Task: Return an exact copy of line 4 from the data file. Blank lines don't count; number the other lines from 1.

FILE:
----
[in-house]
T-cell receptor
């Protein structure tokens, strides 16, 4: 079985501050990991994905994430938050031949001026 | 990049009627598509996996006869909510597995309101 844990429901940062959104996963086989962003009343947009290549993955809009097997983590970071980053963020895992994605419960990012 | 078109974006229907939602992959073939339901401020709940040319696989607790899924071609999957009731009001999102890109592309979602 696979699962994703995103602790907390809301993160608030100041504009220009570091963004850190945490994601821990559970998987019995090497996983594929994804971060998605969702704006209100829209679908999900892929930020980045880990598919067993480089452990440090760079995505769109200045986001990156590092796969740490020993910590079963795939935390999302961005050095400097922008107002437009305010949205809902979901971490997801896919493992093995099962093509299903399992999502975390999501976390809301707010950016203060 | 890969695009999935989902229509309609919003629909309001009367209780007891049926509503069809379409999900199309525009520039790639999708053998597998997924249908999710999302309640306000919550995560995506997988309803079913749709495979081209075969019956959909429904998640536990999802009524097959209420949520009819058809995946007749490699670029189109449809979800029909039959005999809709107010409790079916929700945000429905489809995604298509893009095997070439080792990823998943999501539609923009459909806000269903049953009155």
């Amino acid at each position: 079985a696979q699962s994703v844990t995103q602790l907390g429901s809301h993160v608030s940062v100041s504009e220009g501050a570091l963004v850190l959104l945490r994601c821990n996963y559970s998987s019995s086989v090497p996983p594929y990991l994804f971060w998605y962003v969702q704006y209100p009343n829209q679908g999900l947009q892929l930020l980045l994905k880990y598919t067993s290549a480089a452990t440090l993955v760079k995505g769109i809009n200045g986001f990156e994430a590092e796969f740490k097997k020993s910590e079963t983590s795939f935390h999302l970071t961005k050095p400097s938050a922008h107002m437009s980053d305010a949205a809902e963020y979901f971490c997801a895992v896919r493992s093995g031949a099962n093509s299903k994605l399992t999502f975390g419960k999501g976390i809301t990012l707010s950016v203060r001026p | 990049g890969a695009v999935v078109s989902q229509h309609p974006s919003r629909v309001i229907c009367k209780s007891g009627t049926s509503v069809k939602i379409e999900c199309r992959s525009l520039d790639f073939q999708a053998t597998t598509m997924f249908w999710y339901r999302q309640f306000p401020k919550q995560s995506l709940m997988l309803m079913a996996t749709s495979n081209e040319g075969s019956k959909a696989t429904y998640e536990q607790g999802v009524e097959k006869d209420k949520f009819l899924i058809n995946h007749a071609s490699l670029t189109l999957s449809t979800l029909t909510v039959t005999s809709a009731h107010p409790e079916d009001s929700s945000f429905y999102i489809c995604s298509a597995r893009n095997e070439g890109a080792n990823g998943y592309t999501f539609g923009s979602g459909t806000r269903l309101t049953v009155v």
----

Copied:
């Amino acid at each position: 079985a696979q699962s994703v844990t995103q602790l907390g429901s809301h993160v608030s940062v100041s504009e220009g501050a570091l963004v850190l959104l945490r994601c821990n996963y559970s998987s019995s086989v090497p996983p594929y990991l994804f971060w998605y962003v969702q704006y209100p009343n829209q679908g999900l947009q892929l930020l980045l994905k880990y598919t067993s290549a480089a452990t440090l993955v760079k995505g769109i809009n200045g986001f990156e994430a590092e796969f740490k097997k020993s910590e079963t983590s795939f935390h999302l970071t961005k050095p400097s938050a922008h107002m437009s980053d305010a949205a809902e963020y979901f971490c997801a895992v896919r493992s093995g031949a099962n093509s299903k994605l399992t999502f975390g419960k999501g976390i809301t990012l707010s950016v203060r001026p | 990049g890969a695009v999935v078109s989902q229509h309609p974006s919003r629909v309001i229907c009367k209780s007891g009627t049926s509503v069809k939602i379409e999900c199309r992959s525009l520039d790639f073939q999708a053998t597998t598509m997924f249908w999710y339901r999302q309640f306000p401020k919550q995560s995506l709940m997988l309803m079913a996996t749709s495979n081209e040319g075969s019956k959909a696989t429904y998640e536990q607790g999802v009524e097959k006869d209420k949520f009819l899924i058809n995946h007749a071609s490699l670029t189109l999957s449809t979800l029909t909510v039959t005999s809709a009731h107010p409790e079916d009001s929700s945000f429905y999102i489809c995604s298509a597995r893009n095997e070439g890109a080792n990823g998943y592309t999501f539609g923009s979602g459909t806000r269903l309101t049953v009155v």